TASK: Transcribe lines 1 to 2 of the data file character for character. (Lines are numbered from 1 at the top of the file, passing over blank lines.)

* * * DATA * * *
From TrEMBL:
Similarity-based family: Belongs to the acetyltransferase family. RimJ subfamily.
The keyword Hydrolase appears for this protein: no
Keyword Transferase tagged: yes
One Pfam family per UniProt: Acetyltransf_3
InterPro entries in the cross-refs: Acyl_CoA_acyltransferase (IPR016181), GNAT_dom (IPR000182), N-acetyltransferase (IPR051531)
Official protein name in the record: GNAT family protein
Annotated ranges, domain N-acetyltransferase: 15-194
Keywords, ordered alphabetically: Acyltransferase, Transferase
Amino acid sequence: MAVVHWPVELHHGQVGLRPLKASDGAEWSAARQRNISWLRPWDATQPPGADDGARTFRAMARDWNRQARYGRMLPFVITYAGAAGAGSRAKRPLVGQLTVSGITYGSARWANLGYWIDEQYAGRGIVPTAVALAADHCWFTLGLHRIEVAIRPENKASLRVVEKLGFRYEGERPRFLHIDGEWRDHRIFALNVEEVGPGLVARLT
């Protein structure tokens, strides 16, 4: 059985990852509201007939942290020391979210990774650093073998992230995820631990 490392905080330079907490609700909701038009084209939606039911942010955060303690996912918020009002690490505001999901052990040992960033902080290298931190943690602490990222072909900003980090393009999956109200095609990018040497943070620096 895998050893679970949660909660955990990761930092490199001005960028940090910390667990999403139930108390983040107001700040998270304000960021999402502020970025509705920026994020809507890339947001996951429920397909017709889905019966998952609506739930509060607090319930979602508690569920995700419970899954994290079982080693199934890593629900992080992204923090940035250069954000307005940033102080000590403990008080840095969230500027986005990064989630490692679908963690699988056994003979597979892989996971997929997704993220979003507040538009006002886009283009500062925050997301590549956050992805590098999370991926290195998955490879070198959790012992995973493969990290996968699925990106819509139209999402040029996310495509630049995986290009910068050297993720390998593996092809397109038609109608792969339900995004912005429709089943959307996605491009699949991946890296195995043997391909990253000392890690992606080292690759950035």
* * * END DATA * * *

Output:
From TrEMBL:
Similarity-based family: Belongs to the acetyltransferase family. RimJ subfamily.